Eight permanent sub-exhibitions make up this section, starting with a virtual spacedock which has gathered together almost any spaceship ever mentioned or seen in a work of science fiction. There is a gallery of heroes and villains, the characters who piloted those ships or tried to blow them out of the firmament and a mind-blowing display of the weaponry they used to do it (“Set it on stun!”).

We can go from a section of spacesuits as we THOUGHT they were and as they might still one day be, through incredible travel technologies many of which are still beyond the scope of our science today, to the magnificent mistakes made when playing with forces barely understood and far from tamed, and on to the astonishing places that we might have gone to if you believe the glorious, often lurid, but always incredible SF & F art depicting strange new worlds we can only dream of right now.

And then it’s off we go, into the future, where no self-respecting museum ought to tread. The Brave New Worlds exhibition, presupposing that we have already left the homeworld, presupposing that the voyages have already been attempted – how are we to live, what paths are we to choose, in the brave new world of our own future? This exhibit looks from anything from science fiction’s most famous cities that never were, to the societies that built and broke them, to ways to come back from the edge after everything seems to have been lost.

And those are just the permanent exhibits, housed on the premises. The SFM also does travelling exhibitions, which then tour the country. One was entitled “Out of this World: Extraordinary Costumes from Film and Television”. Indiana Jones’s jacket? Check. The hat of the WIcked Witch of the West from the 1939 “Wizard of Oz” movie? Check. Obi-Wan Kenobi’s robe? Check. Batman’s costume and cape? Check. Improbable paraphernalia once worn by Captain Kirk? Check. There’s stuff here from the thirties and from the new millennium, and everything in between. Any movie you’ve ever seen, anything that’s ever made you starry-eyed, it’s here somewhere, waiting for you.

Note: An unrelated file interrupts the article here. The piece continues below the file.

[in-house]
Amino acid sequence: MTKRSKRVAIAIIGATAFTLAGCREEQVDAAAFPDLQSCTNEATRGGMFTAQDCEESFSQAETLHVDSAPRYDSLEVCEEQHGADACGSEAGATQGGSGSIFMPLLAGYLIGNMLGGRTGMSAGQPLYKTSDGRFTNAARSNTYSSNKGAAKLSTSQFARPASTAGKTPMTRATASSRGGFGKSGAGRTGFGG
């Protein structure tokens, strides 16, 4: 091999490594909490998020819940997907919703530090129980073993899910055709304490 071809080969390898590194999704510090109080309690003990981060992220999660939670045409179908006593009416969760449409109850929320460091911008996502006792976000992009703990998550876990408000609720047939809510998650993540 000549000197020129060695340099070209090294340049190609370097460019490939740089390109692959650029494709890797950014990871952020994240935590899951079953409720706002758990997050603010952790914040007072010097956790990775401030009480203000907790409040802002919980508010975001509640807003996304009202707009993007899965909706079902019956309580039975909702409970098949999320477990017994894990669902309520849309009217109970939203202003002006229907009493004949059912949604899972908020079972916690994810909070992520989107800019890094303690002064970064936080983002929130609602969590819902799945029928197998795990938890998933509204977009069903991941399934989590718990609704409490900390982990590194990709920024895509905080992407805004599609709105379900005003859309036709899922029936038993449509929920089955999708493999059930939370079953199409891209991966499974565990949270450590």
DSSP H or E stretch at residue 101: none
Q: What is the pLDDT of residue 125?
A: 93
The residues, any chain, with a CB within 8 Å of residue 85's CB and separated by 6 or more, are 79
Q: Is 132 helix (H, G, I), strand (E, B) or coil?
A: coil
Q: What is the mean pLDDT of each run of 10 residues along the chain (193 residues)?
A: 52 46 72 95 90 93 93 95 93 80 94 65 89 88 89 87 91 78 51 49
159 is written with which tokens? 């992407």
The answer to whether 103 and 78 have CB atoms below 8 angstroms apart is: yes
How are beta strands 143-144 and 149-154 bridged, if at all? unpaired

It would probably not have been the first thing that popped into your head when somebody said “museum”. You’d have immediately thought of Egyptology, of portrait galleries, of Houses Where Famous People Lived. But perhaps not this – not this vivid and vibrant and frankly joyful gathering of all of humankind’s dreams and hopes and wishes and imagination.

Even in the worst of dystopias depicted here, even with the worst of fictional villains brooding behind glass in the halls, even with the most improbable “technology” you’re ever going to see – there is something here that is transcendental, that speaks to the highest things that we aspire to, to our greatest dreams.

Go to a museum, and strain to glimpse the future.

A Museum for Writers

The U.S.’s first museum celebrating its literary heroes will open in Chicago in 2017, honoring more than 300 years of American writing. It will include social media and digital journalism as well as poetry and novels.
Writers MuseumRead more HERE

18 Unusual Museums Worth Traveling For

These museums each have powerful, distinct, and sometimes niche cultural significance, says Bryan Kitch who collected them for AFAR. “While not all off the beaten path, each offers a unique window into wider intellectual, artistic, and historical landscapes. Get below the surface.”

One example:

Medieval Tranquility in New York
The CloistersThe Cloisters Museum & Gardens is devoted to medieval art and architecture and is a delightful respite from the hustle and bustle of NYC. A branch of the Metropolitan Museum of Art, it is perched on a towering cliff and offers commanding views over the Hudson River.